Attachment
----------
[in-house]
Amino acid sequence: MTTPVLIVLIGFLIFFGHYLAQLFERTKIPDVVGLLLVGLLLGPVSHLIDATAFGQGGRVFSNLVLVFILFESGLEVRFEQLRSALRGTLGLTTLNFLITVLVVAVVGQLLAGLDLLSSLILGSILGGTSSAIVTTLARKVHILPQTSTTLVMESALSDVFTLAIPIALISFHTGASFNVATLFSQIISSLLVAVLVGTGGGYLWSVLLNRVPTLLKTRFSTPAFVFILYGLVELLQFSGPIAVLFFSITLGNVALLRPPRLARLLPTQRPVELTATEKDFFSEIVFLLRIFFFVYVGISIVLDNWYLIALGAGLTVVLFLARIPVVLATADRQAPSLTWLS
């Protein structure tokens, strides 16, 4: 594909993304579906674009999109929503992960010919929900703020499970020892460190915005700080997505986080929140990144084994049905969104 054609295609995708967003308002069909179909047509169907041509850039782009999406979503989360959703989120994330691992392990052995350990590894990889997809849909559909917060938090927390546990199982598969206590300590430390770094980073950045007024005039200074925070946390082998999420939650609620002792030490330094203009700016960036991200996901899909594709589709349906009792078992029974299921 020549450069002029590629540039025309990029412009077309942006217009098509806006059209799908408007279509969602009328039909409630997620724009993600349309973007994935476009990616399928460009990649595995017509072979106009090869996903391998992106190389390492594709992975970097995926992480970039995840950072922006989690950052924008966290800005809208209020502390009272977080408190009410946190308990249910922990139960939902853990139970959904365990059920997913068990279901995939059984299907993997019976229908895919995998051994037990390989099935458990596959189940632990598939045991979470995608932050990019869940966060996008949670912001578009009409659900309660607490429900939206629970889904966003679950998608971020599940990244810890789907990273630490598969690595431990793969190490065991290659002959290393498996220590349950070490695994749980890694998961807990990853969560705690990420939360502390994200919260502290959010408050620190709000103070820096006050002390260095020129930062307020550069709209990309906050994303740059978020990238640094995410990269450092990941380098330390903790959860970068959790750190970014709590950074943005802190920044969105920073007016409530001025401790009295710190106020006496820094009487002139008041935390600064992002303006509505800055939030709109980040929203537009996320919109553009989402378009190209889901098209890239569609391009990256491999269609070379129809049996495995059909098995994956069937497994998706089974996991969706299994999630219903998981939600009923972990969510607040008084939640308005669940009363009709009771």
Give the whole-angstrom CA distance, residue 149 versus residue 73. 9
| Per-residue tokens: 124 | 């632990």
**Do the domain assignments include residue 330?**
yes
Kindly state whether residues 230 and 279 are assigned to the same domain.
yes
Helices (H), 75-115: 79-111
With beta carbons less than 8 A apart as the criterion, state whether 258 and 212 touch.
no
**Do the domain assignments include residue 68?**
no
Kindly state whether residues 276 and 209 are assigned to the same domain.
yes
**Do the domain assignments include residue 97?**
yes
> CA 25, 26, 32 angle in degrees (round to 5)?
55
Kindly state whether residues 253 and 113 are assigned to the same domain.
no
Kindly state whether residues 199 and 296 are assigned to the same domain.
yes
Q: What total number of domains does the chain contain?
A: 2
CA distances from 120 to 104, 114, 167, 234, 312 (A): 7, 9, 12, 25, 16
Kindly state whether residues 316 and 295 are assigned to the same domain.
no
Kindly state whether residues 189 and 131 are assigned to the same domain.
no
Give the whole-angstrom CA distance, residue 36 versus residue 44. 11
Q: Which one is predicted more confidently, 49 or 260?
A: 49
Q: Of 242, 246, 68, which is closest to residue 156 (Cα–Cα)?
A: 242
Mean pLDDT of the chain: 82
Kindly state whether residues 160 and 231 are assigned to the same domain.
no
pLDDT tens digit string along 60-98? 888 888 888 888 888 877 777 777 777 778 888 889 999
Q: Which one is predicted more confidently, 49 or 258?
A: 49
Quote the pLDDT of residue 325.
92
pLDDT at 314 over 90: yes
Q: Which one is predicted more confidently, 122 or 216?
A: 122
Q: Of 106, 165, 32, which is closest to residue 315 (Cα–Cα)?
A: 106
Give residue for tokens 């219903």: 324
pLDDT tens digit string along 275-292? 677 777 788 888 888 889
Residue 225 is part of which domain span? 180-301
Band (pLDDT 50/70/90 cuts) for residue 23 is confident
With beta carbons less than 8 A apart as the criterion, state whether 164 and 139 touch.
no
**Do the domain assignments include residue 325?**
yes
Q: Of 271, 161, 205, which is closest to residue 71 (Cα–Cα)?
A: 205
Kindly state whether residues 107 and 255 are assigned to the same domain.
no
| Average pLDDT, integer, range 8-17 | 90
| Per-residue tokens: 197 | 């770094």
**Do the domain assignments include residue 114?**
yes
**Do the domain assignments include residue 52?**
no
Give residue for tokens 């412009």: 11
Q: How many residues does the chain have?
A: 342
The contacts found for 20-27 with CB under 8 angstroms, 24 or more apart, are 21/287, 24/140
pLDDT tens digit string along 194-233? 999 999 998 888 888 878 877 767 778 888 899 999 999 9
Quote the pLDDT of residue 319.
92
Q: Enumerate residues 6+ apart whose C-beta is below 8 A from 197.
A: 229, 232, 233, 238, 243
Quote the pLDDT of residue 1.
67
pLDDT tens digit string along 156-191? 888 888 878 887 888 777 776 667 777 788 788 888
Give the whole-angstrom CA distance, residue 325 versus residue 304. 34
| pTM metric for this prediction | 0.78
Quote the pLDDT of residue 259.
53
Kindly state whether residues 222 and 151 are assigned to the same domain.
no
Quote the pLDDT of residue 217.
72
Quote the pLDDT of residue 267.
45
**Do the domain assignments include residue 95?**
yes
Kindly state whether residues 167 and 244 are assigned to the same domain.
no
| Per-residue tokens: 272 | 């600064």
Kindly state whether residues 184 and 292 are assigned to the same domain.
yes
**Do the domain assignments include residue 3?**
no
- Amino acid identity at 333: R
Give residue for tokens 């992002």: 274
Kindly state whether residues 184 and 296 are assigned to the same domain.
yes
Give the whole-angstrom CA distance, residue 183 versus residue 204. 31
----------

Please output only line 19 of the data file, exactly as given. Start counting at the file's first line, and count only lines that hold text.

> CA 25, 26, 32 angle in degrees (round to 5)?